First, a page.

It’s funny that a car invented by a Japanese manufacturer is also a major symbol of American car ownership. But the most popular car in the United States, the Toyota Camry, recently won the honor of ‘Most American Car’ for the second year in a row.
According to CNET.com, the Toyota Camry has one again topped Cars.com’s American-Made Index. The index tracks cars that are not only assembled in the U.S. but also have a high percentage of U.S.-sourced parts and a high number of U.S. sales. To qualify for the list, cars had to have at least 75% domestic content.
Want to know how much Americans love their Camrys? Just turn to Twitter. You’ll be astounded by the number of tweets involving Camrys. Here are three recent Camry-related tweets, for example:
glad I have black rims bc people can actually tell my Camry apart from all the others ?
— laney (@damndelaney) July 8, 2016
I came home to this letter tape to my door ?My sister and I don’t know who he talking about cuz we both got Camry’s pic.twitter.com/G81oYCQHMl
— MasterPiece! (@IndianapolisBae) July 8, 2016
To the guy who flipped me off in the Camry blaring Where The Wild Things Are: how does it feel to be fucking sick?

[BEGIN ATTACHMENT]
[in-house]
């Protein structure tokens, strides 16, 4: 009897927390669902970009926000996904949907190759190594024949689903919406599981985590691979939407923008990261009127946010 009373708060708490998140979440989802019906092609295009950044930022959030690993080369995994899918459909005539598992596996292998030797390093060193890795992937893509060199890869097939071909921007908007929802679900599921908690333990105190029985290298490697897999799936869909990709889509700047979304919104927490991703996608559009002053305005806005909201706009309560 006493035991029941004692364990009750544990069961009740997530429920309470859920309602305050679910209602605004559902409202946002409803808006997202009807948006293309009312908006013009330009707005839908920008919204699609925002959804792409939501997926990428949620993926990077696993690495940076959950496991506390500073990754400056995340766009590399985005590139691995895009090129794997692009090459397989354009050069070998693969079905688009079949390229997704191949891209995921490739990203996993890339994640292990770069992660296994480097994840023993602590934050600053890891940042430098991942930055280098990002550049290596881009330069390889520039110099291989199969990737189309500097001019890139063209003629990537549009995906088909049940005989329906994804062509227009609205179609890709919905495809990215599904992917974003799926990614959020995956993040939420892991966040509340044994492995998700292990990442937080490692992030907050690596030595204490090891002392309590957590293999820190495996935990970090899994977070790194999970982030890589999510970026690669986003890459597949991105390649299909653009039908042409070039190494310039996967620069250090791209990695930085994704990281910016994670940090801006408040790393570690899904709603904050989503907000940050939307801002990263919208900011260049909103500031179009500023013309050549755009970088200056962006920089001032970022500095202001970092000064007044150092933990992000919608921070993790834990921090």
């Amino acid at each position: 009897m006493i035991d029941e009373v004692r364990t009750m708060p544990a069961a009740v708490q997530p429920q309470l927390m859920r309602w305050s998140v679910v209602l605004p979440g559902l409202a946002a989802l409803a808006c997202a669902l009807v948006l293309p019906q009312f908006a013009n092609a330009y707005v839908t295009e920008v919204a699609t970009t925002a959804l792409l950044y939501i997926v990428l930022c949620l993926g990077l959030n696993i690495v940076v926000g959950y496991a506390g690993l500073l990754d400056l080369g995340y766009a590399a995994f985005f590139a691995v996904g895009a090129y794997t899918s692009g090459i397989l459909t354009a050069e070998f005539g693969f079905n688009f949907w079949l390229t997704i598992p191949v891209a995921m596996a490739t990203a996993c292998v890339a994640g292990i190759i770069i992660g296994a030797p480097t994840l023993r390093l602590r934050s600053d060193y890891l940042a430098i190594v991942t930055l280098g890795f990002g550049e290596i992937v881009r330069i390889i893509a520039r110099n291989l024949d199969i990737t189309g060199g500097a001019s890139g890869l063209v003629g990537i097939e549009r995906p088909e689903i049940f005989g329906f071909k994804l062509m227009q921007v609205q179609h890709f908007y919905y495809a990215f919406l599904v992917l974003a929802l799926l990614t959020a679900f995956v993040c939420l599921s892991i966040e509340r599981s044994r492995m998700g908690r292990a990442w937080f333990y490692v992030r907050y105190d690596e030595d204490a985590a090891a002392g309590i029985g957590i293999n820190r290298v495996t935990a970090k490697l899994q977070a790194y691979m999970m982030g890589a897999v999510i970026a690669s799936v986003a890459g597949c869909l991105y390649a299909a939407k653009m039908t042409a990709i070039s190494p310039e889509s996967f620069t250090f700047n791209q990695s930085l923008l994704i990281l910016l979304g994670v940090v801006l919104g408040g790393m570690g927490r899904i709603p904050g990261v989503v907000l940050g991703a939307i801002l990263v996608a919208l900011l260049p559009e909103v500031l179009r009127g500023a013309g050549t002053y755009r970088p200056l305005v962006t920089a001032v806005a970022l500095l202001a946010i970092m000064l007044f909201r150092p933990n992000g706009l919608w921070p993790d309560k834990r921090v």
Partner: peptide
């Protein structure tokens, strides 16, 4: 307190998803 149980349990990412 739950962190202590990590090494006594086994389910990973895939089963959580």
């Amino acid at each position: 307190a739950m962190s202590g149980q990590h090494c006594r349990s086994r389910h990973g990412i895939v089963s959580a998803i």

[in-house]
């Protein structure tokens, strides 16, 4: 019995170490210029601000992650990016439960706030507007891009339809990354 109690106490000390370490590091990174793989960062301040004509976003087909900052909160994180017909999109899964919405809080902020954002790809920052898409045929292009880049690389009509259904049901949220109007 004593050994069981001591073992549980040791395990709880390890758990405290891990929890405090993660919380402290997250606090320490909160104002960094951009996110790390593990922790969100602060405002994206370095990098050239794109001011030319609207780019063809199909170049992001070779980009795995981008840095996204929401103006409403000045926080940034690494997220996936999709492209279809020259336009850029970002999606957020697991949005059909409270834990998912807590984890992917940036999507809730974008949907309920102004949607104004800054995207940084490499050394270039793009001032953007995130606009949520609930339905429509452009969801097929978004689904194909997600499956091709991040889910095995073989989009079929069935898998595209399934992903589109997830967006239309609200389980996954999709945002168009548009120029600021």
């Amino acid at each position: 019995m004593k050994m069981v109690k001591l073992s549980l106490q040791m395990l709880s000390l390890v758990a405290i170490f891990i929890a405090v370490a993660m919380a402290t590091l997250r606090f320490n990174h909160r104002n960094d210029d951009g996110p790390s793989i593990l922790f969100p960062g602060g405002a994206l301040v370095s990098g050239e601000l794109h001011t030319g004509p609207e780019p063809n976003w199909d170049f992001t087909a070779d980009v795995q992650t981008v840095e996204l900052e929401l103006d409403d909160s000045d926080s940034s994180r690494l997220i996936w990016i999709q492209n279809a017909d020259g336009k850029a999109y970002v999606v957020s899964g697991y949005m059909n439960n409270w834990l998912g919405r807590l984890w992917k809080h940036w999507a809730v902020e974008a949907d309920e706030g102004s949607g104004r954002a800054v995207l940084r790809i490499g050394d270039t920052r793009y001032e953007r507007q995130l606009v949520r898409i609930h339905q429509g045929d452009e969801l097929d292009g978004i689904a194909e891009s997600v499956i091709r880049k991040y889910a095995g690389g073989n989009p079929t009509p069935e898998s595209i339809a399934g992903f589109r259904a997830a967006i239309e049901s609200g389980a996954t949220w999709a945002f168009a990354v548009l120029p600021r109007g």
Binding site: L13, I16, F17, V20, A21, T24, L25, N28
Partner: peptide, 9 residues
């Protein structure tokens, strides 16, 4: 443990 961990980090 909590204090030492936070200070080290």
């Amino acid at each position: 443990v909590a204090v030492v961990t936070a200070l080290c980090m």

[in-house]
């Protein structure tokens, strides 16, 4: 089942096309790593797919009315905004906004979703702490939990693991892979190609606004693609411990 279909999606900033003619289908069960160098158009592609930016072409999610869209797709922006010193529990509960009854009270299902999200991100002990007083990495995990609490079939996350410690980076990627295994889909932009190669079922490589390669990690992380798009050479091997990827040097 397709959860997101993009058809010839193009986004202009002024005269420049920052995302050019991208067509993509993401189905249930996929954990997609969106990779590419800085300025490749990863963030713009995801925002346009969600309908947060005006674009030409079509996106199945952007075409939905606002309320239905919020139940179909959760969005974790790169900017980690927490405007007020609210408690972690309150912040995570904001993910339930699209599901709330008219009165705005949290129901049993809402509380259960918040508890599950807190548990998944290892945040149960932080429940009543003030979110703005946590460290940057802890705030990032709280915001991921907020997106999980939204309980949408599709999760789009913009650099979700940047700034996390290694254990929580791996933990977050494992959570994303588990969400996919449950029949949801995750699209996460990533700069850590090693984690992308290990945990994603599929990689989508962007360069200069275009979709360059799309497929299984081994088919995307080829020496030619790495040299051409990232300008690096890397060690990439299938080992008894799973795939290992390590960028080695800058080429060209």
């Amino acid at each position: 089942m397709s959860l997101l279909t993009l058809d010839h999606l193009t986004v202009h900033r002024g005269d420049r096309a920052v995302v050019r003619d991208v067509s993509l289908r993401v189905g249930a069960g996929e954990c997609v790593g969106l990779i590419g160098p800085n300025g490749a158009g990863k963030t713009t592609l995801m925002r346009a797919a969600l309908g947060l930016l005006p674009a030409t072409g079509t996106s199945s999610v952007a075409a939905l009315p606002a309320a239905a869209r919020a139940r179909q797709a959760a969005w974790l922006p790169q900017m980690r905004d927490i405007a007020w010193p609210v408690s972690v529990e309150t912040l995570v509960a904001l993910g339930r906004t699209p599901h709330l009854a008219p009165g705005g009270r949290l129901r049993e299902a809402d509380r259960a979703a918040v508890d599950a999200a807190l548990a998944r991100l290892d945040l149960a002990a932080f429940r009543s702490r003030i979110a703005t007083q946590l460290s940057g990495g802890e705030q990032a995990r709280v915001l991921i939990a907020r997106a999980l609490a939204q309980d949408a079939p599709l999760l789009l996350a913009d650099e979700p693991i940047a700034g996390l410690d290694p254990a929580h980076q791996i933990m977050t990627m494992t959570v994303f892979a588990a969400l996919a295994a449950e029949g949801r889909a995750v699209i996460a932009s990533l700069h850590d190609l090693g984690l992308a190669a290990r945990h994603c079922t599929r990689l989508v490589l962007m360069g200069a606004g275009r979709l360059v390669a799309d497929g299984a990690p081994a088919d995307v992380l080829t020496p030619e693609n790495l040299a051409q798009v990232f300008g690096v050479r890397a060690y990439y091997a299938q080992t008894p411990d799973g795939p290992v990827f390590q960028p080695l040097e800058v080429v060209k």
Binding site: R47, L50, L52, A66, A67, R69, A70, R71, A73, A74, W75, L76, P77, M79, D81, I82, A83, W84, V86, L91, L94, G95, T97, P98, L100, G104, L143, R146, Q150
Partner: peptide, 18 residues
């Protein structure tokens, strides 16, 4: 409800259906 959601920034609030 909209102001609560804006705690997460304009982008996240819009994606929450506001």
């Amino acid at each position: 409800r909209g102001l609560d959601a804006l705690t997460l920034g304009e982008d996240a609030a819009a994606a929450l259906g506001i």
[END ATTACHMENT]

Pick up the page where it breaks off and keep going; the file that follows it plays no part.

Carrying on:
— Quinn (@QuinnChalmers) July 8, 2016
After the Toyota Camry, the most American cars by Cars.com’s standards are the Honda Accord, the Toyota Sienna, the Honda Odyssey, the HondaPilot, the Chevrolet Traverse, the GMC Acadia (pre-2017), and the Buick Enclave.
“Only then, in sixth places, does a Detroit Big 3 vehicle make an appearance with the Chevrolet Traverse, a crossover SUV,” writes Chris Woodyard in an article for USA Today.
The cars come from five U.S. states alone. You probably would’ve guessed Michigan, but the other states are Indiana, Ohio, Kentucky, and Alabama.
The real question is how so many Toyotas and Hondas dominated the list. The answer is that it’s a matter of scale. The Camry is the best-selling car in America and it employs the most Americans to make it.
Woodyard also cites globalization. Today, automakers often build vehicles where they sell them as a means of protecting themselves from currency fluctuations and criticism of trade imbalances. U.S. Camry owners can trace their cars back to factories in Georgetown, Kentucky or Lafayette, Indiana.
But don’t be fooled. The American auto industry isn’t doing well, even if Toyota is having cars assembled in the United States in large numbers.
In a statement, Patrick Olsen, Cars.com’s editor in chief, said, “After reaching an all-time low of just seven cars on the 2015 American-Made Index, this year’s list is up one car, but still remains much smaller than earlier indexes, when the list included nearly 30 eligible cars.”